The recent passing of Marcia Wallace, the voice of Mrs. Krabappel on The Simpsons, put me in a reflective mood. The show remains my all-time favorite and people are often surprised I'm as sentimental about it as I am, or that I lump Homer Simpson into the pantheon of my heroes alongside such men as Augustine and Alexander Hamilton. Hear me out.
The Simpsons might be the last mainstream "family values" show for the foreseeable future. For all the jokes, the Simpson family is the only television/movie family I can think of that attends church (specifically, Christian) services every Sunday. For all Homer kicks and screams about it, the fact is he's dressed every Sunday in his blue suit and sits up front with Marge, Bart, Lisa, and Maggie (he may doze off during Reverend Lovejoy's sermons, but it's ok to have a sense of humor, people!).
Remarkably, The Simpsons is quite open regarding religion. I challenge readers to think of another show since Simpsons debuted in 1989 in which one of the recurring characters is a clergyman; in an inordinate number of episodes, Reverend Lovejoy is almost always the first person the family turns to (typically Marge) for advice. Even Vatican officials have recognized the unique position religion has on The Simpsons, remarking in Osservatore Romano in 2010 the show is "among the few TV [programs] for kids in which Christian faith, religion and questions about God are recurrent themes... The family recites prayers together before meals and, in its own way, believes in heaven..." In the relativist Western world, this is seriously deserving of recognition. (While this is an accurate statement it needs to be understood the Simpsons aren't Catholic. Nonetheless, as a Catholic I can't recall anything during the show's zenith - those classic first 10, 11, 12, seasons - that undermines Catholicism.) It may be "irreverent" at times, yet, religion is simultaneously acknowledged as something "everyone" adheres to, whether Christian, Jewish (Krusty and his father), Hindu (Apu), or Buddhist (Lisa), and something that holds a unique position in "everyone's" lives. Whatever problems exist with non-Christian worldviews and religions, I still prefer a watershed cultural medium that, in its own fashion, reveals why religion is needed, and indeed, necessary.
Homer, Work, and Family:
Am I crazy? How can I say "Homer Simpson" in the same breadth as Augustine of Hippo or Alexander Hamilton?! Yes Homer is an alcoholic, yes he's lazy, yes he's stupid, but Homer, to his perpetual consternation, unequivocally loves his family. He works a job he absolutely hates because it puts food on the table for his family. How many men can say they have pictures of their little girl at the office with the words "Do it for her" around them? Nothing in pop culture is as indicative of true self-sacrifice and true fatherhood as this image (see below).
Even as a husband, as many times as he screws up, Homer is admirable. While Homer Jay Simpson sacrifices his happiness for the sake of his children, he sacrifices everything else for Marge. Additionally, he always is the one to apologize for doing something dumb. He always is the one trying to resolve the effects of sin in his marriage. He may do it at Marge's prompting more often than not, but the mark of an honest, sincere man is to accept that he's wrong and make restitution.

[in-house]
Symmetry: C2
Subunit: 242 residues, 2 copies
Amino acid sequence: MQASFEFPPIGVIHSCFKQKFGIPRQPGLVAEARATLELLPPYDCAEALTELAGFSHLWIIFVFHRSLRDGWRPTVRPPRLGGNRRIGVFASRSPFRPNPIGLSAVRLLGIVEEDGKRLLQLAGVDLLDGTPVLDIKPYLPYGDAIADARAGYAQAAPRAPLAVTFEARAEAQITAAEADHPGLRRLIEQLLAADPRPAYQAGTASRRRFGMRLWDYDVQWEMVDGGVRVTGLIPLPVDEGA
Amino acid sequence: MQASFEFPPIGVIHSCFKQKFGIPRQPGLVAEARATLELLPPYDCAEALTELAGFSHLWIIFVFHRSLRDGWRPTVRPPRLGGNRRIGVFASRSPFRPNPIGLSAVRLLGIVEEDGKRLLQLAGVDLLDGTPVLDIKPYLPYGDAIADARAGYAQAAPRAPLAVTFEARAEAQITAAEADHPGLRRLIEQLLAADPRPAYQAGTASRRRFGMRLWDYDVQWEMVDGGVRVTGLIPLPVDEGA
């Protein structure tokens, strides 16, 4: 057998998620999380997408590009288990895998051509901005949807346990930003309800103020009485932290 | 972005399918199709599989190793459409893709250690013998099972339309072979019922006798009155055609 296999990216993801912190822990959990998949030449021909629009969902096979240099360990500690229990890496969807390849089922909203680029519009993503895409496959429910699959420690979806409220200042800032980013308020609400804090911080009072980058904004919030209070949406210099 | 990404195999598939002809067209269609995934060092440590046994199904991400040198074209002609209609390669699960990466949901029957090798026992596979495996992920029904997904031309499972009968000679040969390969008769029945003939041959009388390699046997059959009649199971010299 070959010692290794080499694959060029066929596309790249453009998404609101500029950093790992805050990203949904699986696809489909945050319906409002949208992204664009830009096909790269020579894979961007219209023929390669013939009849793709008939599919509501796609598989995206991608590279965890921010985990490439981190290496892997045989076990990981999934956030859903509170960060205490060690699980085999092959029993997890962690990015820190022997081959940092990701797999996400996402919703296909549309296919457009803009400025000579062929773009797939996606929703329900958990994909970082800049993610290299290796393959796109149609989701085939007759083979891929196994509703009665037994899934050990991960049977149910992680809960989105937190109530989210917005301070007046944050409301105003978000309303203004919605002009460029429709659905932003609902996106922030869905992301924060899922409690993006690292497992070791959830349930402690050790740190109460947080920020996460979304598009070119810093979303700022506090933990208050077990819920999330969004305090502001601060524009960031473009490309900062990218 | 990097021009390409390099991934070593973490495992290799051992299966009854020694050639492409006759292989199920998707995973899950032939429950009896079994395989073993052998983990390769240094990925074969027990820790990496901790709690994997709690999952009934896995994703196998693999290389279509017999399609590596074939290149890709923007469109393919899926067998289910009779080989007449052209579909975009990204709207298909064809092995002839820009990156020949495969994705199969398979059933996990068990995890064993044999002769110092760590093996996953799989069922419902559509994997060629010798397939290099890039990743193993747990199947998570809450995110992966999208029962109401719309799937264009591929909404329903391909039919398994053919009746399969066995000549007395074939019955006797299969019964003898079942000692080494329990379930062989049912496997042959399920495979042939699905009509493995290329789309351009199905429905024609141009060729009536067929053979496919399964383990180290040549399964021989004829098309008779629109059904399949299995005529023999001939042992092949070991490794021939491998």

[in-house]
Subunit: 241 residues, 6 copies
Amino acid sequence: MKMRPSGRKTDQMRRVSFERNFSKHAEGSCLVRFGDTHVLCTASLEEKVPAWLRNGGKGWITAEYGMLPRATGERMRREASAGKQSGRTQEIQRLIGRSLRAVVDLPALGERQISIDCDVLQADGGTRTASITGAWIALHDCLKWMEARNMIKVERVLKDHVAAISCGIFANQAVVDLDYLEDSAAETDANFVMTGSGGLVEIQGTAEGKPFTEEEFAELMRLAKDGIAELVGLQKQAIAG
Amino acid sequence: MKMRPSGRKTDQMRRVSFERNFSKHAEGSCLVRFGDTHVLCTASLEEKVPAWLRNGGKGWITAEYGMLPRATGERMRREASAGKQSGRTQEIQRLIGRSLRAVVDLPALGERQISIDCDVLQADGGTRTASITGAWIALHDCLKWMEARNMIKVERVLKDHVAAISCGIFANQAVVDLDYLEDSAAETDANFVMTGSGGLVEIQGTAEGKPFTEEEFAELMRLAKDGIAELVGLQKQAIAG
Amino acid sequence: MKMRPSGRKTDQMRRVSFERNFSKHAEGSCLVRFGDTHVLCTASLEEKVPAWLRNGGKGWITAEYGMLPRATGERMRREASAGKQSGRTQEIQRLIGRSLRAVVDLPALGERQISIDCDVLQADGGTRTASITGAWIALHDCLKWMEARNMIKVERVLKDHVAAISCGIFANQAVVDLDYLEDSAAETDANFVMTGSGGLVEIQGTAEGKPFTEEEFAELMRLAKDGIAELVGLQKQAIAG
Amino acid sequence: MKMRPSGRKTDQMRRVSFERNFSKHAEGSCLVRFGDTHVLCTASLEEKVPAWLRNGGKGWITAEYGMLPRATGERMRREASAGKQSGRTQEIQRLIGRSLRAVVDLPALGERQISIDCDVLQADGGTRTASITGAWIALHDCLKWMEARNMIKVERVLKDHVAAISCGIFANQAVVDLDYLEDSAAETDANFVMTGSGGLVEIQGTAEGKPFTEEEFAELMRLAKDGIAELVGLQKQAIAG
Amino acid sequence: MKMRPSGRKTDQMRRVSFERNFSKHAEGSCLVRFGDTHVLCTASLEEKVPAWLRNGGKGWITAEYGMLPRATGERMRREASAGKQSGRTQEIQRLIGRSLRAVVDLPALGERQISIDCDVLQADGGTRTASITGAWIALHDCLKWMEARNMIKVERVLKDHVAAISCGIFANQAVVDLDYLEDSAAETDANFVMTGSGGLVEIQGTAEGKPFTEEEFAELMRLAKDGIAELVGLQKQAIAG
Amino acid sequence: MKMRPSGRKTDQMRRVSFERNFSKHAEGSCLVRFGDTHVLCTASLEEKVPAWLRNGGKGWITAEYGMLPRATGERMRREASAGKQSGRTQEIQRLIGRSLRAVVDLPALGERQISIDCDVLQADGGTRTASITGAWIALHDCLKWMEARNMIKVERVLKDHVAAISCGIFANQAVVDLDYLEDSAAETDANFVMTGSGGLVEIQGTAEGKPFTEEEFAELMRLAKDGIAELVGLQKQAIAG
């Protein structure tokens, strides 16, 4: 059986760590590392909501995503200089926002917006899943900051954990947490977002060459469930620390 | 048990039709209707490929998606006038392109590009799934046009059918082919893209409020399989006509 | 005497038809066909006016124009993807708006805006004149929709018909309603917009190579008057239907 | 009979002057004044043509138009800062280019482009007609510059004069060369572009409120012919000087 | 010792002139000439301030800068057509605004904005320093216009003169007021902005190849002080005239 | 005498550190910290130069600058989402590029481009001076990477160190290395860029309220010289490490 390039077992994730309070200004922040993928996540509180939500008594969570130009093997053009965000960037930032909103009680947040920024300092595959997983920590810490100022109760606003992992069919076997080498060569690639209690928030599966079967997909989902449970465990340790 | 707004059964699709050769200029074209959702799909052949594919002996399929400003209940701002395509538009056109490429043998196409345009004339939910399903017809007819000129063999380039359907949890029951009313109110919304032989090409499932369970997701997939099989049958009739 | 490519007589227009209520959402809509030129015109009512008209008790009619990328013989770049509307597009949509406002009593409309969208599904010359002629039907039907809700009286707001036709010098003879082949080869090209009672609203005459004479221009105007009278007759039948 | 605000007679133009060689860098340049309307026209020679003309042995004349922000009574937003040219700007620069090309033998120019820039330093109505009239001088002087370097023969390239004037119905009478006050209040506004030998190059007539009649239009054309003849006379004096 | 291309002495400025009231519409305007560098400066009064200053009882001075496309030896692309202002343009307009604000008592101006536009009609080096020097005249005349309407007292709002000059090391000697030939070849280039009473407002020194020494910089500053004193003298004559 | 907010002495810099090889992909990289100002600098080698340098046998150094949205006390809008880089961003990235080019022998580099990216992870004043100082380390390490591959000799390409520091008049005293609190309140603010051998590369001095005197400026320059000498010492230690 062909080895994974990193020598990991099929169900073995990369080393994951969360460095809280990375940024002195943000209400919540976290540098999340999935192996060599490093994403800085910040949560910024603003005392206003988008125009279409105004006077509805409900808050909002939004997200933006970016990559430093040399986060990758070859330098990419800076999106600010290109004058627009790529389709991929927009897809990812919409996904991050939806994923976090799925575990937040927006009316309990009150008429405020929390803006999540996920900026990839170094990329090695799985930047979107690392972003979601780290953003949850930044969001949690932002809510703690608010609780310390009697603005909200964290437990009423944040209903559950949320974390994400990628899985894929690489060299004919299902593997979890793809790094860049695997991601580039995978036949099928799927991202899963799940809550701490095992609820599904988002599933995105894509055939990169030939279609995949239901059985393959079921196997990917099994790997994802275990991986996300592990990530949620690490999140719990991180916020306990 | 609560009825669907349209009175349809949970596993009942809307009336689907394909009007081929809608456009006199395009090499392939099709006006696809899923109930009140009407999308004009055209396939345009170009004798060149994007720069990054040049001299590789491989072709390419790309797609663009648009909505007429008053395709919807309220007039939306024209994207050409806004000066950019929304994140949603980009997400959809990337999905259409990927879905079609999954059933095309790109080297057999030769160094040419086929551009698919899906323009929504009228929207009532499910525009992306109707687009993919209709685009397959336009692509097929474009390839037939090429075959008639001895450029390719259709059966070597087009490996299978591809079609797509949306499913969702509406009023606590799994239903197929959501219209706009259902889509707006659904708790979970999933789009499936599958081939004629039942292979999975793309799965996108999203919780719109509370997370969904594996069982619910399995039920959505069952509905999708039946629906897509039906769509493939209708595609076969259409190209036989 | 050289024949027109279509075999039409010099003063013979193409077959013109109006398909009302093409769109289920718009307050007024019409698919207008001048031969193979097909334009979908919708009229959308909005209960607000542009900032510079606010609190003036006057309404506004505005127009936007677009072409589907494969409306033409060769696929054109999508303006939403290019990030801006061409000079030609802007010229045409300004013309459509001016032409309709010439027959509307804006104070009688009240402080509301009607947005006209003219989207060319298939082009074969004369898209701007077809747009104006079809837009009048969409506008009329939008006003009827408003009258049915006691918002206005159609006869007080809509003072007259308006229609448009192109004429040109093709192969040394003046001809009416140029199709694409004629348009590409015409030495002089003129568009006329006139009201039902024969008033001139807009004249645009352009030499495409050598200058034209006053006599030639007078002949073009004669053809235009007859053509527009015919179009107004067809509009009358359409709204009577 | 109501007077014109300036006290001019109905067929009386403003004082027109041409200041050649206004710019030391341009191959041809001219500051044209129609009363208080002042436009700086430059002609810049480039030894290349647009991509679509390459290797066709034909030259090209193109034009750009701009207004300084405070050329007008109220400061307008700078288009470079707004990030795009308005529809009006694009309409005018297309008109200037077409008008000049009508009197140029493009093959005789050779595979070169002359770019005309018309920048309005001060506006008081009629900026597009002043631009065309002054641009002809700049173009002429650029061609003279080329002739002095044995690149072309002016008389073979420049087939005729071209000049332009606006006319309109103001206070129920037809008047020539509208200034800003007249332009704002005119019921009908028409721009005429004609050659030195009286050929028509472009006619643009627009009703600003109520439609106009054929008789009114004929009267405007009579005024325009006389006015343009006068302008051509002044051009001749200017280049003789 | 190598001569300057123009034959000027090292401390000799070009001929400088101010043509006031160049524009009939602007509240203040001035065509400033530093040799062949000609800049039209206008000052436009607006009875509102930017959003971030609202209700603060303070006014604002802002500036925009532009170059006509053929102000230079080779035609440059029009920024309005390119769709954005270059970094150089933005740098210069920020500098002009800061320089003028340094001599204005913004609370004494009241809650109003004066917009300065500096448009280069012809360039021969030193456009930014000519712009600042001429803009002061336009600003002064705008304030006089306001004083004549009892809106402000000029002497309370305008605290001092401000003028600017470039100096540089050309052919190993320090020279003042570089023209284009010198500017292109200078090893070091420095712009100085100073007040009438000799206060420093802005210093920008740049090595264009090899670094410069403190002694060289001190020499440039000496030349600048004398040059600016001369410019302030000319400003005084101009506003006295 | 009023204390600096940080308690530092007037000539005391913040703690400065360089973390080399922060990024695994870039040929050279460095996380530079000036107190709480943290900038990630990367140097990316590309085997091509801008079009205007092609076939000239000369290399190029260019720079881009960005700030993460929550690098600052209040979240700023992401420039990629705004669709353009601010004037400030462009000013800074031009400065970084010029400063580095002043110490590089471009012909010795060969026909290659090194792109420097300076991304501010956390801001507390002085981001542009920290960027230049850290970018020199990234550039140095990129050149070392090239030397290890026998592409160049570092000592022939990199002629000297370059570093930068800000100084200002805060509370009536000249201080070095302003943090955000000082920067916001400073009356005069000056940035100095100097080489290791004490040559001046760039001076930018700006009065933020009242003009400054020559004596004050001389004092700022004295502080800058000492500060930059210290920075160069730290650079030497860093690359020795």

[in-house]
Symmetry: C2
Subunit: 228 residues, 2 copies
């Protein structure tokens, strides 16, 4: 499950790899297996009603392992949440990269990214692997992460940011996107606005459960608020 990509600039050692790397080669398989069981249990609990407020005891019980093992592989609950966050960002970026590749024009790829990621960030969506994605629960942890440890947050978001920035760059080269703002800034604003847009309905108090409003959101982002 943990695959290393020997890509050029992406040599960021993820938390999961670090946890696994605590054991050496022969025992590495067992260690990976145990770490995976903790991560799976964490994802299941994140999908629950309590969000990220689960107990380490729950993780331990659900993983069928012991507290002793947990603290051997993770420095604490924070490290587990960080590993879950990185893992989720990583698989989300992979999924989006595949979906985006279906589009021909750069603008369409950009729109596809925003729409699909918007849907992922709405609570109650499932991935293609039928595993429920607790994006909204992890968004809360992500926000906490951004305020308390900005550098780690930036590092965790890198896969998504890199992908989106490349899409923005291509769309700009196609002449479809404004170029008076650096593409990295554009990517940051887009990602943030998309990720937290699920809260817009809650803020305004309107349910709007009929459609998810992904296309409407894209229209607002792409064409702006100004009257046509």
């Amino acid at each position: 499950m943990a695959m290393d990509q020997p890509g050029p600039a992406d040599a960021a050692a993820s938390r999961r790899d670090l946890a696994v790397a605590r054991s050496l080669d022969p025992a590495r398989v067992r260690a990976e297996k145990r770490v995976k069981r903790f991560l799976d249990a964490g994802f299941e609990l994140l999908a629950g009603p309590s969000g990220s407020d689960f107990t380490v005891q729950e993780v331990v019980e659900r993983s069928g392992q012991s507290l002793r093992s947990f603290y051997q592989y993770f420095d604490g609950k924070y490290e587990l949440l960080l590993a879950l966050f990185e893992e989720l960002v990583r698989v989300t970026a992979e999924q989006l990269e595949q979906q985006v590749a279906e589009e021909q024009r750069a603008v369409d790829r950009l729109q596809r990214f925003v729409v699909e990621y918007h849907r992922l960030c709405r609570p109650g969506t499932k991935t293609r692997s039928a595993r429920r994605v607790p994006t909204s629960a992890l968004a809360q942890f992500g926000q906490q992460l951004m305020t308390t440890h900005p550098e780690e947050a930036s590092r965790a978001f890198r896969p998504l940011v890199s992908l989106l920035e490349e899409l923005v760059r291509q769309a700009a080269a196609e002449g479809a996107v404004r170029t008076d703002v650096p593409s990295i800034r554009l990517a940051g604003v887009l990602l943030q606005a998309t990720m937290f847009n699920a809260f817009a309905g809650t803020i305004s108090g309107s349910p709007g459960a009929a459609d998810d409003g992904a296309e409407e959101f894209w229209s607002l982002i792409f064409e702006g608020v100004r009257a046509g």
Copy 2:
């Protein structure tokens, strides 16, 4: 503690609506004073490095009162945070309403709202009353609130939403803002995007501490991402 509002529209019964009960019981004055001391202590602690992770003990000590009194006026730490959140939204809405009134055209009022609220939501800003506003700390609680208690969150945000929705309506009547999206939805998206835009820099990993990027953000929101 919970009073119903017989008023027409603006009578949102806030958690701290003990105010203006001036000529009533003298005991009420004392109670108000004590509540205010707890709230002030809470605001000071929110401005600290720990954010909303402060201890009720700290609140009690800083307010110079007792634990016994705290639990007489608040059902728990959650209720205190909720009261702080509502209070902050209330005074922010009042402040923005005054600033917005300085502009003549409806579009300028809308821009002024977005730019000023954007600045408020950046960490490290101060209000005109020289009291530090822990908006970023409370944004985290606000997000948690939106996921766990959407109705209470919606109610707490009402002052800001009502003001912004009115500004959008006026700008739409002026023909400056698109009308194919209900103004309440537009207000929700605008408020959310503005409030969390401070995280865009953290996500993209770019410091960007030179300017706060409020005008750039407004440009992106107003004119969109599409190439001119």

Homer doesn't simply act "after the fact" though; many a time he has acted proactively. I recall the episode where Mr. Burns built a casino and we became exposed to Marge's gambling addiction. Throughout the entire episode Homer attempted to shield Bart, Lisa, and Maggie from this previously unseen problem and encourage them to think well of her, picking up the slack at home in Marge's absence, all the while trying to prod her away from the casino.
And to her everlasting credit, Marge forgives Homer every time. She accepts her "Homey" for the fat, flawed, yet shockingly sweet, sensitive, caring, man he is. If ever there was a non-judgmental person in pop culture, it would be Marge. She still challenges him to better himself; however, it's done lovingly and subtly, without being confrontational or demeaning, and equally if not more importantly, she does so patiently.
While I am one of those who considers the show a shell of its former self, The Simpsons remains a rarity in our culture: a show about people, with all their flaws and imperfections, who nevertheless possess "old fashioned, family values" and struggle to live honest, dare I say, God-centered lives. There is much to admire and respect in these characters as well as creator Matt Groening for writing them as he did.
Nicholas Satin is a secondary level history teacher and currently works in a public middle school. He received his BA from Central Connecticut State University and his MA from the University of Connecticut.